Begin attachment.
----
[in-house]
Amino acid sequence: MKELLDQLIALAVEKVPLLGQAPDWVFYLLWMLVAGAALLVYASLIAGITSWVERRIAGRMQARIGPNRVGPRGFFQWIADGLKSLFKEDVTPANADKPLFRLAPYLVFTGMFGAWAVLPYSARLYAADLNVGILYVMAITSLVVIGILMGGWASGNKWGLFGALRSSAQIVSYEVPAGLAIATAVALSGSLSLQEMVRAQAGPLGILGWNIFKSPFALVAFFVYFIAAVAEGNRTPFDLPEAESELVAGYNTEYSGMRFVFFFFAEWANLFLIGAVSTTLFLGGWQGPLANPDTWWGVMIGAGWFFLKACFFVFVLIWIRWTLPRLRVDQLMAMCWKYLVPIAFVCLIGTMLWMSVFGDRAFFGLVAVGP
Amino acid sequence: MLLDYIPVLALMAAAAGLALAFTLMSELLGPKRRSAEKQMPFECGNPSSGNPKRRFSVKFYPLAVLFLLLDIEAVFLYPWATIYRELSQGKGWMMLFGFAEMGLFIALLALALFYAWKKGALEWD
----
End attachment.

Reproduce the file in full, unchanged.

[in-house]
Amino acid sequence: MKELLDQLIALAVEKVPLLGQAPDWVFYLLWMLVAGAALLVYASLIAGITSWVERRIAGRMQARIGPNRVGPRGFFQWIADGLKSLFKEDVTPANADKPLFRLAPYLVFTGMFGAWAVLPYSARLYAADLNVGILYVMAITSLVVIGILMGGWASGNKWGLFGALRSSAQIVSYEVPAGLAIATAVALSGSLSLQEMVRAQAGPLGILGWNIFKSPFALVAFFVYFIAAVAEGNRTPFDLPEAESELVAGYNTEYSGMRFVFFFFAEWANLFLIGAVSTTLFLGGWQGPLANPDTWWGVMIGAGWFFLKACFFVFVLIWIRWTLPRLRVDQLMAMCWKYLVPIAFVCLIGTMLWMSVFGDRAFFGLVAVGP
Amino acid sequence: MLLDYIPVLALMAAAAGLALAFTLMSELLGPKRRSAEKQMPFECGNPSSGNPKRRFSVKFYPLAVLFLLLDIEAVFLYPWATIYRELSQGKGWMMLFGFAEMGLFIALLALALFYAWKKGALEWD